Oral melanoma is highly invasive and abundance of blood supply in the oral mucosa often results in invasion of melanoma to the vasculature and its dissemination in primary stages of the disease (4). Also, according to the existing literature, the possibility of accidental seeding of malignant cells in the adjacent tissues, blood or lymph also exists during incisional biopsy of a malignant neoplasm; thus, an incisional biopsy of these lesions increases the risk of local recurrence and regional or distant metastasis. Radical dissection may be performed depending on the extension of tumor and level of involvement of lymph nodes (8).

Because detection of pigmented lesions in the oral cavity is more difficult than those on the skin, prognosis of oral melanoma is worse than that of cutaneous melanoma and is actually very poor with a 5-year survival rate of 10% - 25%; this rate also depends on the site of lesion to some extent. For instance, the survival rate of patients with gingival melanoma is five years longer than that of patients with palatal melanoma (5, 9). Recurrence may occur 10 to 15 years after treatment of the primary tumor. Distant metastasis to the lungs, brain, liver and bone may occur in advanced stages of the disease (6).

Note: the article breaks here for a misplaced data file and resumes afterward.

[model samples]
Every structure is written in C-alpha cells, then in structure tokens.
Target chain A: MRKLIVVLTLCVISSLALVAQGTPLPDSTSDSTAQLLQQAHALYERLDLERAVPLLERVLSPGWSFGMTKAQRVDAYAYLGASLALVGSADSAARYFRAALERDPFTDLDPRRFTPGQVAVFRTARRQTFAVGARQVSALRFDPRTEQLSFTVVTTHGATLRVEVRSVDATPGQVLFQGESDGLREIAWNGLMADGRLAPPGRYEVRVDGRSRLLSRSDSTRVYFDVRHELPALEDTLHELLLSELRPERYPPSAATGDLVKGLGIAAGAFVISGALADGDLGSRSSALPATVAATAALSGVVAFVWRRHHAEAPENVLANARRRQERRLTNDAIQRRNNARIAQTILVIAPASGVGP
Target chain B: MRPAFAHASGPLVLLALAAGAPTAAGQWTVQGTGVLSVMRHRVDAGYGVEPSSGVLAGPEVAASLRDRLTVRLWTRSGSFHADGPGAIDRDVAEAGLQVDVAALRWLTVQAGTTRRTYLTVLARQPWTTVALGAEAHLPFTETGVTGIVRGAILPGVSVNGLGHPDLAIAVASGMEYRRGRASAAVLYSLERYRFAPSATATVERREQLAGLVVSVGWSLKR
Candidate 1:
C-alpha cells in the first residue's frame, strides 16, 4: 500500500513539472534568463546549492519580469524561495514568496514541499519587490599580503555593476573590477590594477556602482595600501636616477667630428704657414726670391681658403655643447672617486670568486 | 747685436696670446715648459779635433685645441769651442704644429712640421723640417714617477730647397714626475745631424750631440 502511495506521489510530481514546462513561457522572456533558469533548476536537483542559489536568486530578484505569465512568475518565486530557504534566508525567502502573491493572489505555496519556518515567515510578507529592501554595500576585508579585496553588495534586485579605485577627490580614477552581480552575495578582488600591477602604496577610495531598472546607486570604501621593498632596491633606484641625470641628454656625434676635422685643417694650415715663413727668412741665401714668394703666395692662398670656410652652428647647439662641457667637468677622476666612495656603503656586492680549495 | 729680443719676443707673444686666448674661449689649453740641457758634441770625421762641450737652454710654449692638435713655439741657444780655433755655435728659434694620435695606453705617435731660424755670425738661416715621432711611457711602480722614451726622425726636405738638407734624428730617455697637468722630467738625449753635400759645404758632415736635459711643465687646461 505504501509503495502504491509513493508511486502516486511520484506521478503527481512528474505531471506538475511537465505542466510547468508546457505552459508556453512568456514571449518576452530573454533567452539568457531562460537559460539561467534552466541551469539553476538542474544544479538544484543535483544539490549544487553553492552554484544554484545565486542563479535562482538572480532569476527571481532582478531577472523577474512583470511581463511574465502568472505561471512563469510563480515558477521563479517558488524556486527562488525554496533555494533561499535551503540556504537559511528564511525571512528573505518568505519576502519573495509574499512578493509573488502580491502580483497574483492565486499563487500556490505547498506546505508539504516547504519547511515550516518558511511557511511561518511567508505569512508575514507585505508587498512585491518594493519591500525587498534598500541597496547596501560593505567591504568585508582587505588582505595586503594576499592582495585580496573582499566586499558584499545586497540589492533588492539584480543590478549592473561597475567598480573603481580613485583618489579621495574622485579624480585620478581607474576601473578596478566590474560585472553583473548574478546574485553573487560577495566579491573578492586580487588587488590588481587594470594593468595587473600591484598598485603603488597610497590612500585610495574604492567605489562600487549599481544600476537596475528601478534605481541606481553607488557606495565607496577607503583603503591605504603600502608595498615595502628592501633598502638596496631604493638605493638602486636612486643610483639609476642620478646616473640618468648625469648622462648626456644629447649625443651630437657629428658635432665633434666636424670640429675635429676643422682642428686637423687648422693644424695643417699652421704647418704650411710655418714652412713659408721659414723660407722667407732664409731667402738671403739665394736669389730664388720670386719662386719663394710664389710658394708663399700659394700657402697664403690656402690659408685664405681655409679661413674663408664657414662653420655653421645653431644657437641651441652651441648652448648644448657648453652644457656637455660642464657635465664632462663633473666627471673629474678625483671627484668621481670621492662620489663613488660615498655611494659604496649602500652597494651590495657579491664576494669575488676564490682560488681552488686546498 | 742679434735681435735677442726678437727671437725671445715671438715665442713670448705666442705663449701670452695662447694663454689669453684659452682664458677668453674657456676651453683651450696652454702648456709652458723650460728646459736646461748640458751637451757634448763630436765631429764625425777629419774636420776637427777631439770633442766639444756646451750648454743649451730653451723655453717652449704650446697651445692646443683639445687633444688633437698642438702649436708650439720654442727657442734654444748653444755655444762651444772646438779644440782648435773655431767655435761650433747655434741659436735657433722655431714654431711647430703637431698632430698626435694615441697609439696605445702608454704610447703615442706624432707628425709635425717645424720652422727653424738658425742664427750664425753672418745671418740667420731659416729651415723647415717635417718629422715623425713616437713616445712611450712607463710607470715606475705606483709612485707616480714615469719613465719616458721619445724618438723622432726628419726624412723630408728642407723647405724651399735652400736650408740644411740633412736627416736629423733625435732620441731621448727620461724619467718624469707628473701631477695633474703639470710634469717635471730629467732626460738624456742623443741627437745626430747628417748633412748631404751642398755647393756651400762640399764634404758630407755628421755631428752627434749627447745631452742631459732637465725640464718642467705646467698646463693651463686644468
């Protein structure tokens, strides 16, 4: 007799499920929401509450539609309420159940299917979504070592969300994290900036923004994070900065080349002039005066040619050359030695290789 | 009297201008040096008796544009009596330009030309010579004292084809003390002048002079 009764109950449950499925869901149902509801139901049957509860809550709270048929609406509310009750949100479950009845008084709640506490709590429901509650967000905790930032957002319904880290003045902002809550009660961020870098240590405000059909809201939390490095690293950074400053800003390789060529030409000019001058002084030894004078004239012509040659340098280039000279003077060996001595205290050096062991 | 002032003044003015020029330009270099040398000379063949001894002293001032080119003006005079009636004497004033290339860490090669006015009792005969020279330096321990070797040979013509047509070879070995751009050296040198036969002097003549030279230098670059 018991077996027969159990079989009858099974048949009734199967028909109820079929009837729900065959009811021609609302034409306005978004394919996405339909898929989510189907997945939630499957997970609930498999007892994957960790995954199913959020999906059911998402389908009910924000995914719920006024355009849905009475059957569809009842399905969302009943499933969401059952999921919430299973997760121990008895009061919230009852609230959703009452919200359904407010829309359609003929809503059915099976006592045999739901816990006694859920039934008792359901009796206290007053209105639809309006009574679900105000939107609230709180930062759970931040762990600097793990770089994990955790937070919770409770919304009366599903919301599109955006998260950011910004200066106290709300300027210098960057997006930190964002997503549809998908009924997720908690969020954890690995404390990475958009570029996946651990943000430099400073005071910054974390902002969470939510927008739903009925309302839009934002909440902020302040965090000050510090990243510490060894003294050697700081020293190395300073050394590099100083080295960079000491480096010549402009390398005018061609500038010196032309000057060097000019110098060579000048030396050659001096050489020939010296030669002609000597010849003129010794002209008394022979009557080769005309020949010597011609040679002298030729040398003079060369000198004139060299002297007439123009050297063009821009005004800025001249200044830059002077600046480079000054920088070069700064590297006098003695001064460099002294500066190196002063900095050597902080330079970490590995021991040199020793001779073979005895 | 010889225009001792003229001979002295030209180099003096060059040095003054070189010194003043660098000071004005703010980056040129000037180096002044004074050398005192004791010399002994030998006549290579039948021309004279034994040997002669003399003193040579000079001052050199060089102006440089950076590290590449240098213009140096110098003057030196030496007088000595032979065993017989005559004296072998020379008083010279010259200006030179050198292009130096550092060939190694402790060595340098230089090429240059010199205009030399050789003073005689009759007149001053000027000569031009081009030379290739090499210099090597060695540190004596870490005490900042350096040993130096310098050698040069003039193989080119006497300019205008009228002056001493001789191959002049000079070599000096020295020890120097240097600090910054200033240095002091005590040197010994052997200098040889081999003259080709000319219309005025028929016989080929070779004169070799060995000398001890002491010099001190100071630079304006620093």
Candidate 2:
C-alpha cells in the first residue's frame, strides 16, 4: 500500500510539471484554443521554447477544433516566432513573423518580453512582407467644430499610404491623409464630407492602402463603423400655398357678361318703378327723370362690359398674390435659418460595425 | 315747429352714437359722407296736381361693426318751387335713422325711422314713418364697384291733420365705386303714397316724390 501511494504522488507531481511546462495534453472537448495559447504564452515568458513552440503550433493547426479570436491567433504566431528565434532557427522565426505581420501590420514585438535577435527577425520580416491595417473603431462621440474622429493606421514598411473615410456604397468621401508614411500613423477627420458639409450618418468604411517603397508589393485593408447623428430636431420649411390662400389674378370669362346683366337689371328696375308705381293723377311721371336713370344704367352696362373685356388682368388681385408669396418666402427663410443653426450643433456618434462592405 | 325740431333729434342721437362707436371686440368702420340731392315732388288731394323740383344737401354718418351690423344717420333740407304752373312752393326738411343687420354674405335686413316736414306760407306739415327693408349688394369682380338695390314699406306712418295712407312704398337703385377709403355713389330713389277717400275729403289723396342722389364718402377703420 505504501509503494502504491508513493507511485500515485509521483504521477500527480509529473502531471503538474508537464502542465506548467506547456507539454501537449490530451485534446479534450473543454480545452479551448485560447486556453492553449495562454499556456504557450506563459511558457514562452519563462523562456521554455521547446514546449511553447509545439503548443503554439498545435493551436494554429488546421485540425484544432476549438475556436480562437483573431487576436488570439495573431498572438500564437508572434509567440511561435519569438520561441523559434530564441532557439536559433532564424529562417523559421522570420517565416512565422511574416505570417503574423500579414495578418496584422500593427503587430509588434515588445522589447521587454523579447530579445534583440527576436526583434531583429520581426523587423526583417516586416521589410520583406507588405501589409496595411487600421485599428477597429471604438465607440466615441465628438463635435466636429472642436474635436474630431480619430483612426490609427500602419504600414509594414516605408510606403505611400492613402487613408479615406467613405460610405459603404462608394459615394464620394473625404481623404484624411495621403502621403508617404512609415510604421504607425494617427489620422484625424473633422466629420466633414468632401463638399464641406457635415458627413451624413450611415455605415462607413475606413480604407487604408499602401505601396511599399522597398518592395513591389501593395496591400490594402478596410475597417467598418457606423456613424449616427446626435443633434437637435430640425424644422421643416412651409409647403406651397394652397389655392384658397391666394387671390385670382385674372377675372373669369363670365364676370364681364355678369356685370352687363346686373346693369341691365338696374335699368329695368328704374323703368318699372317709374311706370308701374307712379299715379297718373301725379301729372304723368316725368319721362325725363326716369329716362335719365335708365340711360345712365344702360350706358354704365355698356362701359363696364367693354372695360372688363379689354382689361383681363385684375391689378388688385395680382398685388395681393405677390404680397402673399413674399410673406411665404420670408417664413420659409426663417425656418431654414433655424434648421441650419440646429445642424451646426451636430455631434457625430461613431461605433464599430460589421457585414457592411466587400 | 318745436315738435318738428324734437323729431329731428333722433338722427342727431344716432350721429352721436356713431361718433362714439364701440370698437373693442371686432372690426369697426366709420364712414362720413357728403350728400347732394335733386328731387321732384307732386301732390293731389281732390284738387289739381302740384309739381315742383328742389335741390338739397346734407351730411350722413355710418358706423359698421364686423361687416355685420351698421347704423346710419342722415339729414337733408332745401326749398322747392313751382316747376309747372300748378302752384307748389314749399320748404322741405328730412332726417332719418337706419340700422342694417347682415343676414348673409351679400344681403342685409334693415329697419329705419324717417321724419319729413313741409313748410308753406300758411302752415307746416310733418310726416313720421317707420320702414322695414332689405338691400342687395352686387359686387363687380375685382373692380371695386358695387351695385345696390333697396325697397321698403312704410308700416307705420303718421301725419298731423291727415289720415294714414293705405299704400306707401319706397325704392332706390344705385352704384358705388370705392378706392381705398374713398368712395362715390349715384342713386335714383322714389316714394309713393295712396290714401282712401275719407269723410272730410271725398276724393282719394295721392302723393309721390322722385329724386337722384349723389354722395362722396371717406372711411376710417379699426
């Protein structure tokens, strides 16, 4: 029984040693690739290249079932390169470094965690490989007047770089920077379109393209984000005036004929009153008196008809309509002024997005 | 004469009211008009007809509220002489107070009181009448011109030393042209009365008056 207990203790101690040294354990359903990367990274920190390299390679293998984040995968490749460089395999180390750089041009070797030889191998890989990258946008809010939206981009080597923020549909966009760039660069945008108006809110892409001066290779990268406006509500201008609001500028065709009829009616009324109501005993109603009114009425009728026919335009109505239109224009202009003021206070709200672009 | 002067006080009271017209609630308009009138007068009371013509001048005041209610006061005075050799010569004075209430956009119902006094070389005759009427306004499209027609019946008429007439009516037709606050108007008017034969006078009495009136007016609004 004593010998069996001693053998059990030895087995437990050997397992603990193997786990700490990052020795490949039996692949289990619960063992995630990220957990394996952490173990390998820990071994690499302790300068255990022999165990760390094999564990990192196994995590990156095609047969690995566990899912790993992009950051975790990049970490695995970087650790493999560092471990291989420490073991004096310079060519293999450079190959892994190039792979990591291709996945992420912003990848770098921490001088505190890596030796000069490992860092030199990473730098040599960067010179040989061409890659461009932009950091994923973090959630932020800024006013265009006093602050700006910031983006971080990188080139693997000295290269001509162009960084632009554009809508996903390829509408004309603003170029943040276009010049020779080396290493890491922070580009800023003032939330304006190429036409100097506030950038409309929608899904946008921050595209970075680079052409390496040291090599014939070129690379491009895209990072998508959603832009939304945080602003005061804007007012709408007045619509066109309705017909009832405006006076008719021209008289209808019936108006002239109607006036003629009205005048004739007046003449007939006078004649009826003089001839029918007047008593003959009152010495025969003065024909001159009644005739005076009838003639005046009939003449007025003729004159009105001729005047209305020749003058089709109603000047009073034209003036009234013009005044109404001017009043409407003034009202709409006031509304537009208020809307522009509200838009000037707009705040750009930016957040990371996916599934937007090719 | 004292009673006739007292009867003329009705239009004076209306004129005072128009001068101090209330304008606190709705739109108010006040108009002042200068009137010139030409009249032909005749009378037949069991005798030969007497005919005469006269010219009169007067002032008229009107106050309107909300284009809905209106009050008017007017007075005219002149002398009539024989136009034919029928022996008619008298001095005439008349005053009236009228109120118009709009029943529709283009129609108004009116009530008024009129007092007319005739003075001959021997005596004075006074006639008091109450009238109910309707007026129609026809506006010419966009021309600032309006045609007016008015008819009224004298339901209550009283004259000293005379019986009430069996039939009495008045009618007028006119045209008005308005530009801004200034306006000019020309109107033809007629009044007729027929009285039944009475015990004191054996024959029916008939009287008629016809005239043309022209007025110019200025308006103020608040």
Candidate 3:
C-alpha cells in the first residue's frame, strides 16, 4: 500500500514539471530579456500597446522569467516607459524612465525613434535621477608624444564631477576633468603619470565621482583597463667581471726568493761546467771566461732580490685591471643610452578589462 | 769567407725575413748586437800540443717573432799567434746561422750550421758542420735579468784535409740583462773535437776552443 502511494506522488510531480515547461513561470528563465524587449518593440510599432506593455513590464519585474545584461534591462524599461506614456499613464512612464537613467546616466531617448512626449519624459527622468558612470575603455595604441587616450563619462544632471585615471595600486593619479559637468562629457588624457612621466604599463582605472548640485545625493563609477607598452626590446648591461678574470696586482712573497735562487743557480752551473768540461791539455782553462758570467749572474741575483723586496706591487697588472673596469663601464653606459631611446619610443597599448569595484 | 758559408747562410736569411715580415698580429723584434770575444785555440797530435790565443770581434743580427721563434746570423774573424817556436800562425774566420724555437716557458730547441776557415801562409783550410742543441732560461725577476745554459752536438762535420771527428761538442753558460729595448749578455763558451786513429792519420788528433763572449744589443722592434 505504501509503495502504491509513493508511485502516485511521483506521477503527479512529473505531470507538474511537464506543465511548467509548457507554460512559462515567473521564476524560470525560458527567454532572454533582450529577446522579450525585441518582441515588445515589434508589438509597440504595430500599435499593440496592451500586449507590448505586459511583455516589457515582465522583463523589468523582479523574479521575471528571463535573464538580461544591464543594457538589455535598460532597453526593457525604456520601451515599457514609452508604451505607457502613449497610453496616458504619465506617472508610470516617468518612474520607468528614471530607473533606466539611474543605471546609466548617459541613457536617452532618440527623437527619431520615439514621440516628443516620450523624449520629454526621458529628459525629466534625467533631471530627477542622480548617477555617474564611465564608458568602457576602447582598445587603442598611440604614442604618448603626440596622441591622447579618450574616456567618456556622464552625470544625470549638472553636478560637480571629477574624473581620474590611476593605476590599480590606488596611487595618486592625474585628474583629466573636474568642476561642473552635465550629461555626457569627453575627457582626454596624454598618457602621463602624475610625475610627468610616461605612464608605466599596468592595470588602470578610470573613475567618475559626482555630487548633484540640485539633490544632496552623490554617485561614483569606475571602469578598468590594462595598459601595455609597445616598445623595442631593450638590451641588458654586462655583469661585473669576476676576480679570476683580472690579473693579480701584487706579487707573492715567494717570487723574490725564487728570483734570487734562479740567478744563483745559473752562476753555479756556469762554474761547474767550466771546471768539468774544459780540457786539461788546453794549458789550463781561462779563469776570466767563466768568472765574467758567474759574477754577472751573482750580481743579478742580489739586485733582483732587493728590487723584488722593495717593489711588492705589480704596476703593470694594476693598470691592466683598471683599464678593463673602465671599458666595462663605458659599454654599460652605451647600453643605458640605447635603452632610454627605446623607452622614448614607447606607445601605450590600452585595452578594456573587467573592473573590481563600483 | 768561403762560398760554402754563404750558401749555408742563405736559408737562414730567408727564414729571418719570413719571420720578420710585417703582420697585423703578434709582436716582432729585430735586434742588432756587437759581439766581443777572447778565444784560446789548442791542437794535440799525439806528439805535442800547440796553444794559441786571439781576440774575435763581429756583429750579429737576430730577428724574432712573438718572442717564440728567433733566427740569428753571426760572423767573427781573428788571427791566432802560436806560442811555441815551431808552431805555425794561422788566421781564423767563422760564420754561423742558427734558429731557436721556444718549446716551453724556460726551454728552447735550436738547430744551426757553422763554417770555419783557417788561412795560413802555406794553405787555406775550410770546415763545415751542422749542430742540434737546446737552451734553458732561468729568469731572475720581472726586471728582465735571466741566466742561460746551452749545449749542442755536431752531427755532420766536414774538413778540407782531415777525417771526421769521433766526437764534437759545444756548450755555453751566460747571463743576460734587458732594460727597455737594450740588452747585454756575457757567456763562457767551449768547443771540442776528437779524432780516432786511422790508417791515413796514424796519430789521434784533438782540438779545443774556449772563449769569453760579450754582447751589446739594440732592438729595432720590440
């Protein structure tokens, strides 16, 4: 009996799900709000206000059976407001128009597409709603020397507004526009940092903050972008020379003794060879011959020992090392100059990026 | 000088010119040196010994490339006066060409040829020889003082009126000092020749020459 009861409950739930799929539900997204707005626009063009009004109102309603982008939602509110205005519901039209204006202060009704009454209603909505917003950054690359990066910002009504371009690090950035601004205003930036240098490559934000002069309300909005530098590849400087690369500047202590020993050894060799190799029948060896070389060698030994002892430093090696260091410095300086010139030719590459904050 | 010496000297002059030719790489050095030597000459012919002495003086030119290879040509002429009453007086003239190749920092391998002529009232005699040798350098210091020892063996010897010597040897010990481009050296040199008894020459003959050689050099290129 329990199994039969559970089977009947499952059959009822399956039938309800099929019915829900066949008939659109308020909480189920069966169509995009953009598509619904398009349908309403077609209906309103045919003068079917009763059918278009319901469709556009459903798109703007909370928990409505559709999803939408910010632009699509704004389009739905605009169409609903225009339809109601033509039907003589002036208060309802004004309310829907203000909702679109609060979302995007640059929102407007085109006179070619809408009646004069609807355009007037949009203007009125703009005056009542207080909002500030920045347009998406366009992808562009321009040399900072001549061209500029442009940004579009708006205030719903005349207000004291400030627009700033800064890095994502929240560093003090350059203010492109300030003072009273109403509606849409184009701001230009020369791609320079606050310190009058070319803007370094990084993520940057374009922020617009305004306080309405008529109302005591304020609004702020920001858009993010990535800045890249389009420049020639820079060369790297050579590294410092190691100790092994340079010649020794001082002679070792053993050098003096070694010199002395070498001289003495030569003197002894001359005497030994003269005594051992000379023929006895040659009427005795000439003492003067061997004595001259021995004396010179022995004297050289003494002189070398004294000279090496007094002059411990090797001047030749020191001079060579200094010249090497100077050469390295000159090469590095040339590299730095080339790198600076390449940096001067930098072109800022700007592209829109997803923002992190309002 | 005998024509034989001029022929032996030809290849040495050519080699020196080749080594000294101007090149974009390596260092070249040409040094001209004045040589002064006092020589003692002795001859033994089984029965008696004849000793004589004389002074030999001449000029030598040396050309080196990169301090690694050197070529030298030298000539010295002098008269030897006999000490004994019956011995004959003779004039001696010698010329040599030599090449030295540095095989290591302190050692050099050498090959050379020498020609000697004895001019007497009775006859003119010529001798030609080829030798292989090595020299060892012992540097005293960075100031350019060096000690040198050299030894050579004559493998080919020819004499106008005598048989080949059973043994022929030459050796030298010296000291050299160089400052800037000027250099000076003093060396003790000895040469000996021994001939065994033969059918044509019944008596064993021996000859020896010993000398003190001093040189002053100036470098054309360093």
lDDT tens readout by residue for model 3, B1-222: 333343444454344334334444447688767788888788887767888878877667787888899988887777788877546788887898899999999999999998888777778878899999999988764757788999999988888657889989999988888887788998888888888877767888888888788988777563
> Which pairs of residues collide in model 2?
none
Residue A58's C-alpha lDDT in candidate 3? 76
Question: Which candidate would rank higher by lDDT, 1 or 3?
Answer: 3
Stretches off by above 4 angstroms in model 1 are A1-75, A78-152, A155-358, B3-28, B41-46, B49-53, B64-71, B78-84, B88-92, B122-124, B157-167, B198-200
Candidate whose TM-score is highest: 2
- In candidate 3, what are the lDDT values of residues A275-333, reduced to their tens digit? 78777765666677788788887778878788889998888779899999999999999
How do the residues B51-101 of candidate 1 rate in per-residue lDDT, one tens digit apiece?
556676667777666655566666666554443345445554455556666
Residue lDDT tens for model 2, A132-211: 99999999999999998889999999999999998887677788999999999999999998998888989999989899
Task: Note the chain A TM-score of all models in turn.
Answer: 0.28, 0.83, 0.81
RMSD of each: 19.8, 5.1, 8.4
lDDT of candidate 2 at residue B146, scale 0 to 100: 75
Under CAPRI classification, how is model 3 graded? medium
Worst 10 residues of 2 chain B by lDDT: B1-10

Unfortunately, in our patient, the lesion had been excised twice by a general dentist with the assumption of being a simple reactive lesion such as the pyogenic granuloma but had not been sent for pathological analysis, which delayed the diagnosis. Considering the fact that amelanotic melanoma may mimic reactive lesions as well as the very poor prognosis of melanoma and the significance of its early detection, it is necessary to take a biopsy of all exophytic lesions for a thorough histopathological examination to rule out amelanotic melanoma and other malignancies such as squamous cell carcinoma and malignant mesenchymal tumors (17).

3.1. Conclusions